Title: Ink and Bone
Author: Rachel Caine
Series: Great Library, Book 1
Genre: Young Adult Steampunk
Release Date: 7 July 2015
In an exhilarating new series, New York Times bestselling author Rachel Caine rewrites history, creating a dangerous world where the Great Library of Alexandria has survived the test of time...
Ruthless and supremely powerful, the Great Library is now a presence in every major city, governing the flow of knowledge to the masses. Alchemy allows the Library to deliver the content of the greatest works of history instantly—but the personal ownership of books is expressly forbidden.
Jess Brightwell believes in the value of the Library, but the majority of his knowledge comes from illegal books obtained by his family, who are involved in the thriving black market. Jess has been sent to be his family’s spy, but his loyalties are tested in the final months of his training to enter the Library’s service.
When he inadvertently commits heresy by creating a device that could change the world, Jess discovers that those who control the Great Library believe that knowledge is more valuable than any human life—and soon both heretics and books will burn...
First, when I requested this book there wasn't series information about it anywhere (at least not that I found), so I thought (silly, I know) that it was a stand-alone book. That thought probably had some effect on my final feelings and thoughts about this story.
This cover is gorgeous, beautiful, and works with the story. I'd love to see it in person and see if it has the texture that the image implies. Once seeing it and finding out that the story revolved around the Library at Alexandria surviving...I couldn't *not* request it.
And I'm glad I did. It gets off to a bit of a slow start, with a lot of things that confused me. There's names for people that do things that aren't really explained (you do start to get the feel for them as you get further in the story), and you're kind of tossed right in. Normally I like that. Here...well, it didn't work as well for me. The beginning felt slow. It was setting up the world and story, I know, but a lot of it simply doesn't make sense to me.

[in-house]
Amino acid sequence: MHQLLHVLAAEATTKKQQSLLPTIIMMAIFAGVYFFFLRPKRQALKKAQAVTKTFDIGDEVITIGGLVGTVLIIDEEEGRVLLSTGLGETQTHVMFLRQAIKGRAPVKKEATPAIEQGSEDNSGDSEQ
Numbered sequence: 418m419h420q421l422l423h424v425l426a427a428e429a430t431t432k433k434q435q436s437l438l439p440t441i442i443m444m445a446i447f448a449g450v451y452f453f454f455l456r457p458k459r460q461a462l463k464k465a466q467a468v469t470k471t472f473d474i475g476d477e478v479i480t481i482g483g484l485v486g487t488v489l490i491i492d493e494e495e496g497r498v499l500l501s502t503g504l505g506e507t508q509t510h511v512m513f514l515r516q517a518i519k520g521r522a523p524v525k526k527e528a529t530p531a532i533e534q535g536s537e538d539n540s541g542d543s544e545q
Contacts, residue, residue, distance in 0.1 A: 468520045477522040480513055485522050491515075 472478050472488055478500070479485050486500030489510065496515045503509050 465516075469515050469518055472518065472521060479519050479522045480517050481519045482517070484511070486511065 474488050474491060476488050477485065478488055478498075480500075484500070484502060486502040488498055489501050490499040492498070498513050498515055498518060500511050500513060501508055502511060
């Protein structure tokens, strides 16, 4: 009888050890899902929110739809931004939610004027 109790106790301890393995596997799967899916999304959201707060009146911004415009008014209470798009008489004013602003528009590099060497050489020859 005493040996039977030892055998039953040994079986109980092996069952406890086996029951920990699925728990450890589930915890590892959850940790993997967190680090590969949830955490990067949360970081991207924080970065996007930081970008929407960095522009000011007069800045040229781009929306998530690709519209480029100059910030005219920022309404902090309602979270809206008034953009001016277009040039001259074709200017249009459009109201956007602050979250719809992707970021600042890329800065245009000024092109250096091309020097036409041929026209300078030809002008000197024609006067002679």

For example, in one of the earliest scenes in the book we find out that books are contraband. Owning a printed (hand-copied) book is illegal. So, of course, there's a flourishing black-market trade for them. Jess is the son of one of these black-market book experts, and because of that he's a 'runner.' Which basically means that he transports the books from his family's interests to the purchasers'. The problem I had with this is that he was RUNNING everywhere to do this. Not only that, but they run in a pack - like wild animals. Huh? Doesn't anyone understand that running draws attention to yourself? And running with a large group of other kids draws even MORE attention? Pretty damn good way to get the Garda after you, don'tcha think? Illogical actions didn't make me have a lot of faith in the author to make things more logical.
Fortunately, for me, she did manage to pull it around and I started to have faith in the storytelling and the characters' actions. The story is fascinating. A library - those that are supposed to allow knowledge to be at the worlds' fingertips - is actually oppressing ideas, progress and knowledge. I still have a little trouble with the premise, but it all comes down to power. Who has it, who wants to keep it, and what they're willing to do to meet those ends. The fact of the matter is that the Library is willing to do anything to keep their power. And that's exactly what the postulants - including Jess - start to learn as they're competing for positions inside the Library itself.
I definitely enjoyed this book. The story moved at a good pace, there was a lot of variety of places and things happening. There's definitely diversity in characters and world. There's a small romance (one that moved a bit too quickly for me even if it wasn't the main focus of the story). There's friendships that I hope stand the test of what's to come. And we're settled right on the cusp of change.
What I didn't love so much was the simplicity of things. Simplicity is maybe the wrong word, but instead of shocking with well placed hints and drawing out the revelations, they were almost shoved in my face immediately. I had no chance to speculate and be surprised by anything because it was all revealed almost as soon as it was a thought. And while that's not necessarily a bad thing, it did disappoint me a bit.
I did mention that I wasn't aware this was part of a series, so when I got to nearly 90% of the book and realized there was no way it was going to be able to wrap up satisfactorily...well I was irritated. I don't mind "cliff-hangers", or multi-part series. I enjoy them, and read quite a few of them (KMM, I'm still looking at you for ruining years of my life waiting on the next books in the Fever series). But this one just kind of stops. It's not a cliff-hanger. It's not a 'OMG! What's going to happen next?!' moment. It's just ... done. And while I *do* want to know what happens in the next book, I'm not anxious and on the edge of my seat for it.
That being said, I *am* going to be putting the next book on my list. I do hope there are some surprises in store for me (and all of the characters), and that - I can't believe I'm saying this: I get to see the Library fall.
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